The Grace of Dementia by Sara Bensman


Last summer I took the Conscious Dying Institute Doula Certificate Training in Asheville.  I don’t know why I took it. I didn’t really plan on changing careers and I have no previous experience working with dying people.  I just felt drawn to understand death better in a deep, personal, and positive way. I knew that I wanted to be prepared for the deaths of my 80 year old parents and aging friends and family members.

At that time, we were seeing signs of my father’s Alzheimer's, but we were all surprised by the speed with which it progressed. One day he’s arguing politics over dinner and the next he doesn’t remember the name of his favorite (and only) daughter.  In between my mother, brothers and I make decisions about moving him into and then rapidly out of an assisted living facility, transitioning to their winter home, medications to calm his hostile anxiety, outside care assistance, and today, what to do now that he’s becoming incontinent.  

One of the most useful concepts that came from the training is that I can’t “fix” death. I can ease or honor it, but I can’t stop it from happening.  My role is only to love him and experience the fullness of that love while I'm with him.

My father gets agitated, experiencing the need to understand or control something that he no longer has the capacity to control or understand.  His agitation unsettles me and I become anxious, worrying about how I can save my father from this humiliation and frustration he is facing. I suspect that beneath that, the ultimate cause of both of our anxiety is his impending death death. Then I remember Gregg saying in the training Everything I’ve identified as healing is release.  

The first time I experienced this was when I had taken my dad out to sit by the pool.  I coaxed him down into the unreasonably low chaise lounge while he grumbled and looked wearily at me, one eye squinting from behind his thick, smudged glasses.  When I finally managed to settle him down and cover his face with his hat, I pulled my lounge chair as close as I could get to him. Then my Type A, physician father and I breathed together quietly while the sun warmed our bodies and we listened to children playing.  Eventually, he let out a long sigh. “Ahhh… this feels good.”


I don’t remember ever hearing my father take peace in the present moment before.  This was new and it was utterly beautiful that I got to share it with him. I’m learning to release my tension about this whole mess and help him release it too.  I figured out that I can just look at him and smile that “Daddy, I love you smile” and he relaxes. We are healed by the calm that we both feel in that moment.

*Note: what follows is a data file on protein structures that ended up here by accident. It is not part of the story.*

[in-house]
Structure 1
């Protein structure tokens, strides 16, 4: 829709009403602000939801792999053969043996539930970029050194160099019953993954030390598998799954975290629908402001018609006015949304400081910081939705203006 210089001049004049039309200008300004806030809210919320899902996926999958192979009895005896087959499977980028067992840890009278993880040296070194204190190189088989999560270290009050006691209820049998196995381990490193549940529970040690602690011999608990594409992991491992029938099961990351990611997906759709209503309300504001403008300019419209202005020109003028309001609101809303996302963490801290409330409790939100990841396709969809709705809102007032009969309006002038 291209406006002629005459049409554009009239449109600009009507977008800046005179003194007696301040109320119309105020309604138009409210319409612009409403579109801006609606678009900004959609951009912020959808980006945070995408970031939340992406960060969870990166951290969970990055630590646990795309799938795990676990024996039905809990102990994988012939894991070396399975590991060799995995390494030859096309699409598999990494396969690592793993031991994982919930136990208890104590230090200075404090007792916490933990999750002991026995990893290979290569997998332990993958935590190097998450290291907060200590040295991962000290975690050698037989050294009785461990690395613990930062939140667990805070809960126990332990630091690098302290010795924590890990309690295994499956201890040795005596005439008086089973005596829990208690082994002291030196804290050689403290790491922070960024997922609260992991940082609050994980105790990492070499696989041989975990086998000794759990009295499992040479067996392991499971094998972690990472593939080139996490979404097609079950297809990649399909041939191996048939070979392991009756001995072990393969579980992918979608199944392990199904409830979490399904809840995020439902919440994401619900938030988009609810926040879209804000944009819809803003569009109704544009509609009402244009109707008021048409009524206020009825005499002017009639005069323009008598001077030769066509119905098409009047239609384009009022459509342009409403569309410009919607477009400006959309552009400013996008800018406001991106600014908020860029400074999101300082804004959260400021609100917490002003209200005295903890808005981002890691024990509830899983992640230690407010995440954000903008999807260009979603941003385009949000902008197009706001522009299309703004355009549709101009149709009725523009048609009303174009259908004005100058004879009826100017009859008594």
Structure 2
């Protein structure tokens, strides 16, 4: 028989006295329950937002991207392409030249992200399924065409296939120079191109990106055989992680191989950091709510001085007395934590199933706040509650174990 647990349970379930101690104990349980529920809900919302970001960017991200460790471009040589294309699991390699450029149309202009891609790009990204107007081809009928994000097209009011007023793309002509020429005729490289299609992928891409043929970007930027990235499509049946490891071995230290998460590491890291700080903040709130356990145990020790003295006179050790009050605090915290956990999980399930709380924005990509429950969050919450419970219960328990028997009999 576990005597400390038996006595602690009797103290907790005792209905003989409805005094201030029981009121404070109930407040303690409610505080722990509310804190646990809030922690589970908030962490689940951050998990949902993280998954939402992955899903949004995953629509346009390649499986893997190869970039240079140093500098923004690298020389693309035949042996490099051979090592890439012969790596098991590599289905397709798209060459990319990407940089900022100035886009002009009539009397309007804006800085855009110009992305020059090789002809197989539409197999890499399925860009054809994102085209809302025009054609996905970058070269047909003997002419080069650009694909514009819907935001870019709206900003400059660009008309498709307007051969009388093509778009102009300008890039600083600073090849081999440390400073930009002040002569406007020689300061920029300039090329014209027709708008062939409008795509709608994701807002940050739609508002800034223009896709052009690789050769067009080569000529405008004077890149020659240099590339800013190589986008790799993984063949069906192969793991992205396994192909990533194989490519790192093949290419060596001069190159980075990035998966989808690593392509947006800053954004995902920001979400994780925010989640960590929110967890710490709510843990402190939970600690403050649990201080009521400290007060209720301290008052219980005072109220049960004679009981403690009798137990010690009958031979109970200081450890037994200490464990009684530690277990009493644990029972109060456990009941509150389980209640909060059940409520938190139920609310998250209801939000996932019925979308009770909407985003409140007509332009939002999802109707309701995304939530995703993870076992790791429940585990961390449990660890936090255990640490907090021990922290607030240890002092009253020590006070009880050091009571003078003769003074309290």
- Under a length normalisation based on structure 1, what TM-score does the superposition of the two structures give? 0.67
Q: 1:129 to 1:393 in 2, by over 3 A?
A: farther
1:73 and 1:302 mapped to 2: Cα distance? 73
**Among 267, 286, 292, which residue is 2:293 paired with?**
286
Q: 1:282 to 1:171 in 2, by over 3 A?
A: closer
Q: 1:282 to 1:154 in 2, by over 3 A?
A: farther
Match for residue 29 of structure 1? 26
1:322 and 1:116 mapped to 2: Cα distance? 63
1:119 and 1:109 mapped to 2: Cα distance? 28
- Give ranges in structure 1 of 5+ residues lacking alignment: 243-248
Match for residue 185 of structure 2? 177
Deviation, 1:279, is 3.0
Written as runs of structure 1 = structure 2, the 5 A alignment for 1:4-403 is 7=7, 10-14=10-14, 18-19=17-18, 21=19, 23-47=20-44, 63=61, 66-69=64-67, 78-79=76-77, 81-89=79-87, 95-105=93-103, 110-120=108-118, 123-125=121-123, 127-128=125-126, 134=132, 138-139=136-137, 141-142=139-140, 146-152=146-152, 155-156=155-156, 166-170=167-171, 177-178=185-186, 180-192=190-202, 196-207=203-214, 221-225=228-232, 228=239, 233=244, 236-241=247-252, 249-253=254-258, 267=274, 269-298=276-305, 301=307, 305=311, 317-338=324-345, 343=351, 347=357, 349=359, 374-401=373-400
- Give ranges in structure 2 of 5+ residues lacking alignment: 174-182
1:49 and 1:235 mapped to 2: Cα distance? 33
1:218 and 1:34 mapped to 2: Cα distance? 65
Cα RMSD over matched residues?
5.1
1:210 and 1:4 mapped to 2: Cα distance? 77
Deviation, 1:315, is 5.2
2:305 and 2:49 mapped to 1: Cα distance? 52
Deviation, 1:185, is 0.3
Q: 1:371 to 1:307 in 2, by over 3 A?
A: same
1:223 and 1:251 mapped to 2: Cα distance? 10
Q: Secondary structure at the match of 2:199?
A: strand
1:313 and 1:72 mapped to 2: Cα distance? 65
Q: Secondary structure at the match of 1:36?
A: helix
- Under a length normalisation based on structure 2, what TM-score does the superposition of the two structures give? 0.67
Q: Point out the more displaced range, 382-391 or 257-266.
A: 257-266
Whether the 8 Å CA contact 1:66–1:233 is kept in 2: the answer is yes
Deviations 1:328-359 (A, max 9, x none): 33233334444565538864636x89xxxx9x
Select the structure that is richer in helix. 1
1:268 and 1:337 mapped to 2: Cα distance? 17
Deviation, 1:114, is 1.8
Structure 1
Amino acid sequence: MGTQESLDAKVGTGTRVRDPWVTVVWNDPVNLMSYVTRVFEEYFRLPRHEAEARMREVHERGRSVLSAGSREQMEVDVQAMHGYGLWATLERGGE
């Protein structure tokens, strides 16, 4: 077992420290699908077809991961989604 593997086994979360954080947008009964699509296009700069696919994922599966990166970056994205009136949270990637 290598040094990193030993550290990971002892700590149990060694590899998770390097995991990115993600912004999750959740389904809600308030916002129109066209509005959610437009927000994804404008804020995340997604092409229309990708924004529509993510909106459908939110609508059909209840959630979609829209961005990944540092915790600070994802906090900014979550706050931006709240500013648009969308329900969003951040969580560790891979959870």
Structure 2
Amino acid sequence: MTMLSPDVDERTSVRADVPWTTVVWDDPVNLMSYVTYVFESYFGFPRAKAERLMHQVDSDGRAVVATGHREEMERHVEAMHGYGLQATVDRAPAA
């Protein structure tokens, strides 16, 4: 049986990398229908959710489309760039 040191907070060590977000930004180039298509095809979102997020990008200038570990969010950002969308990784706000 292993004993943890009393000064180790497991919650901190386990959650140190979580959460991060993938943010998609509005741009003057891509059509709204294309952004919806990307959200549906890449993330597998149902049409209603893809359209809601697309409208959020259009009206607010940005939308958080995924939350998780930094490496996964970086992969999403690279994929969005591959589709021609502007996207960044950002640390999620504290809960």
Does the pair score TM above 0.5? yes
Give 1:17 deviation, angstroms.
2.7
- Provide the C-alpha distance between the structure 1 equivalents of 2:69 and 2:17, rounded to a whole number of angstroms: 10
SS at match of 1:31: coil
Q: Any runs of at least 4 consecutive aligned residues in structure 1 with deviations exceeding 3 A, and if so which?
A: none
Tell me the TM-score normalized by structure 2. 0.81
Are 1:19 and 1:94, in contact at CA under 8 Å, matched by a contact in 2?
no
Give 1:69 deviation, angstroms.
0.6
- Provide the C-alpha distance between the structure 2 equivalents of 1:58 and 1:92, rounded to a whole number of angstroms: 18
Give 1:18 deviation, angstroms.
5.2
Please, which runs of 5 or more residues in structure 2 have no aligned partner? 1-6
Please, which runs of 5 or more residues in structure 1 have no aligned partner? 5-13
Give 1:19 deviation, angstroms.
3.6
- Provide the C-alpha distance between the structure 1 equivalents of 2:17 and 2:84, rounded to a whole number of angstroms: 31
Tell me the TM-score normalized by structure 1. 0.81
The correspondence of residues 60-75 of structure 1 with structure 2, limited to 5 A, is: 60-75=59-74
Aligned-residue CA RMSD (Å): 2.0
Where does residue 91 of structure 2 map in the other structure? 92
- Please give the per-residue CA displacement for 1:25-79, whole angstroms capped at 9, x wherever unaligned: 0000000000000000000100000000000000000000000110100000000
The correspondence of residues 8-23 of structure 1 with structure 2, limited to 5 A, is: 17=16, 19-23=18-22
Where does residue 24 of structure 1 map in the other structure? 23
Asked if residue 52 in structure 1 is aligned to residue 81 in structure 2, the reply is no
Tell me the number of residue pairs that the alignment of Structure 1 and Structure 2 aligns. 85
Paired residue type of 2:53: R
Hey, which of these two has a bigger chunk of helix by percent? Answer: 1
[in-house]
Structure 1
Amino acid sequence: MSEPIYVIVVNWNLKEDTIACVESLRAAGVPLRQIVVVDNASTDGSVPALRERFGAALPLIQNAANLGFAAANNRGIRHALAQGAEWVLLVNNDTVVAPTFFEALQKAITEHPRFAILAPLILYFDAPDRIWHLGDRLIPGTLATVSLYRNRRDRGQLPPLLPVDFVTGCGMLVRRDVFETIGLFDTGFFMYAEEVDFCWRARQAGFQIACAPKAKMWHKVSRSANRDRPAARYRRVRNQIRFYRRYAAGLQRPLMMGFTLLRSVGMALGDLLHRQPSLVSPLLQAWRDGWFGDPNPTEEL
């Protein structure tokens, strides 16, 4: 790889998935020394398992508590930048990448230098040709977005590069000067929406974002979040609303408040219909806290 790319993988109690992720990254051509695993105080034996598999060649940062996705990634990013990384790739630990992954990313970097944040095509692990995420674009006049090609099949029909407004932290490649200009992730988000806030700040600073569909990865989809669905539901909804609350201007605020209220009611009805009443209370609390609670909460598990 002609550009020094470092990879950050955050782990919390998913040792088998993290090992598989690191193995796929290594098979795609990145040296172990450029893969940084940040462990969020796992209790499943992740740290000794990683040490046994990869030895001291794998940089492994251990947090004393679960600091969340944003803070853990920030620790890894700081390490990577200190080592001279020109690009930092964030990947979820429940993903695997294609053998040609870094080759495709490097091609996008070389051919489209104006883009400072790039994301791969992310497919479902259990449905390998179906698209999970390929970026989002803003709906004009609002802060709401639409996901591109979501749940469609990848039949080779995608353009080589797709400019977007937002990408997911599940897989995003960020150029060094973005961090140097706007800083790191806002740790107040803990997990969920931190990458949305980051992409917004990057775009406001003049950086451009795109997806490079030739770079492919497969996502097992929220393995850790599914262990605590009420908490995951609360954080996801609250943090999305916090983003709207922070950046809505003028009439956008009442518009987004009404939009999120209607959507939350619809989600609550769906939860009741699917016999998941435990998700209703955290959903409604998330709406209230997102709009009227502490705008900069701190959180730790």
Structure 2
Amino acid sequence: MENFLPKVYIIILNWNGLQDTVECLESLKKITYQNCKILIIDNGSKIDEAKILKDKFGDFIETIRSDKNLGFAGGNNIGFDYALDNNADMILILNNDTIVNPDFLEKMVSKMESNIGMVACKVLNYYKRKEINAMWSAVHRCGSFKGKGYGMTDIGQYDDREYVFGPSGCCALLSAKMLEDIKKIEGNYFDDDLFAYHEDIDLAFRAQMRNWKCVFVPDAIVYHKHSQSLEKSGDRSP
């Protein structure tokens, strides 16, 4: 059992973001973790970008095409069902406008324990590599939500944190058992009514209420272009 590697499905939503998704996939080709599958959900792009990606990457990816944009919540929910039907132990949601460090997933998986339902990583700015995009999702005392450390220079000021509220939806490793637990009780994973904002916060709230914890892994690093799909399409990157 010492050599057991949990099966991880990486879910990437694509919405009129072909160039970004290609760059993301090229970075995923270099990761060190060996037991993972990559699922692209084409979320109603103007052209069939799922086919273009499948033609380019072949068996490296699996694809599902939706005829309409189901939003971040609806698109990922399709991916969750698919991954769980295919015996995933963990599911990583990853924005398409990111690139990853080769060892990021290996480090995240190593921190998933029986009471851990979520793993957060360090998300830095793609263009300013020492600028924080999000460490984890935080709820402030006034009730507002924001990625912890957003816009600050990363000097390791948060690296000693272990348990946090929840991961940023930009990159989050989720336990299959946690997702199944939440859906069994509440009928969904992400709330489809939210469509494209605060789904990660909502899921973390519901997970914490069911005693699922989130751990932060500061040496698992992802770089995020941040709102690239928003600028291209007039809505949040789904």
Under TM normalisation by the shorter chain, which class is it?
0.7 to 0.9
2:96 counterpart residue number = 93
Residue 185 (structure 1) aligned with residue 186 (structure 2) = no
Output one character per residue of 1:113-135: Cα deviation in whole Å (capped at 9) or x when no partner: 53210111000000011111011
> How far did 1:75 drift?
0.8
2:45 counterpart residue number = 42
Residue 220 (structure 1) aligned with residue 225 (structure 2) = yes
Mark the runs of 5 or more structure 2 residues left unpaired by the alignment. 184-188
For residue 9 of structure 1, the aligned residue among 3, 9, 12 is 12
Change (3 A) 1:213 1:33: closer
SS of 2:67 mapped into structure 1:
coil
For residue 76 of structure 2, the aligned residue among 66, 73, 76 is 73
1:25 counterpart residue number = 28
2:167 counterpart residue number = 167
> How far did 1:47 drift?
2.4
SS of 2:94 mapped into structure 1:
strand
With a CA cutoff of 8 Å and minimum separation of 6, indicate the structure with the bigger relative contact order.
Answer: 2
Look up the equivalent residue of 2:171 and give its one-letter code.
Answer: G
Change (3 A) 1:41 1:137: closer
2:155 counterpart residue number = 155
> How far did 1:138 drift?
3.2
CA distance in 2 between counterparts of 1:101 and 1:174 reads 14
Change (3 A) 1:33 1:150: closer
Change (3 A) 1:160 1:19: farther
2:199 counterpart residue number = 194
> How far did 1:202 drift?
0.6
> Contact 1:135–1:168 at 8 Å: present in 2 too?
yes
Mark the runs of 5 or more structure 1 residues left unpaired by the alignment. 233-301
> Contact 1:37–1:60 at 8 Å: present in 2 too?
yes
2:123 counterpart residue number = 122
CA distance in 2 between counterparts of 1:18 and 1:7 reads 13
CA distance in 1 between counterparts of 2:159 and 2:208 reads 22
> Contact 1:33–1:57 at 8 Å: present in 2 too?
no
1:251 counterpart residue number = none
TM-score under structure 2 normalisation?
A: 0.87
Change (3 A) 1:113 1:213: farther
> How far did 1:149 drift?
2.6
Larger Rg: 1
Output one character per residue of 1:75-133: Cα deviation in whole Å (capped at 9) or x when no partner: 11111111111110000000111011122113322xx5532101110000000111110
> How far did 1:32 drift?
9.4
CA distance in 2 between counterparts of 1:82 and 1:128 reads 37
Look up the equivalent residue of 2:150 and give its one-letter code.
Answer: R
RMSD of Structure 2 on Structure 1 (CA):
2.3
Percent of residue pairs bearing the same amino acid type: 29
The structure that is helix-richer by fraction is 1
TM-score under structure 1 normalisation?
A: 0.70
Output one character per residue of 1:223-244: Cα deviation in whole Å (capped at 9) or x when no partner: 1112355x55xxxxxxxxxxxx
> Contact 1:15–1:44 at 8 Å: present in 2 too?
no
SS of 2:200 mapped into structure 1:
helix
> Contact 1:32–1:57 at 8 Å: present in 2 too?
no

In counterbalance to the notion that I don’t have to fix anything is one of the my favorite principles of the Conscious Dying Institute: increase the dying person’s beauty, pleasure and contentment.  I feel certain that within that rapid succession of decisions to be made and problems to be solved, I would have neglected to adhere to this obvious human desire if it hadn’t been pointed out to me in the training.  I might have busied myself with forms, complaining and doctor’s visits and forgotten to enjoy this time with my father and allow him to enjoy his time with me.

Initially I was confused when he started losing his ability to articulate his wishes accurately. With Alzheimer's, it’s tricky.  Do we respond to what he's asking for now or what he wanted pre-Alzheimer's? But then I realized that my family knows exactly what my father wanted with his final days, weeks and months.  We know what he valued (love) and what he cared about most (family). The training emboldened me to initiate conversations not only about Dad’s care but about his death. And this delicate teasing out of who my father was and what he wanted is another point of grace this disease is providing.  I’ve never felt closer to my brothers and my mother as I do now. Another win for Dad.

Generally, I’ve been able to navigate the different situations that arise along the way because I have a pretty clear understanding of my role: to help my father execute his wishes and to bring him beauty, pleasure, contentment and peace.  When we get lost trying to solve the problem of his demise, I can bring us back to those core principles and remind us all to enjoy the time we have with him.

All teachings converge for this departure

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Sara Bensman is a mediator and consultant specializing in conflict resolution.  She supports individuals, couples and groups moving through conflict with dignity and grace.  Her reflections on divorce, co-parenting and effective communication can be found at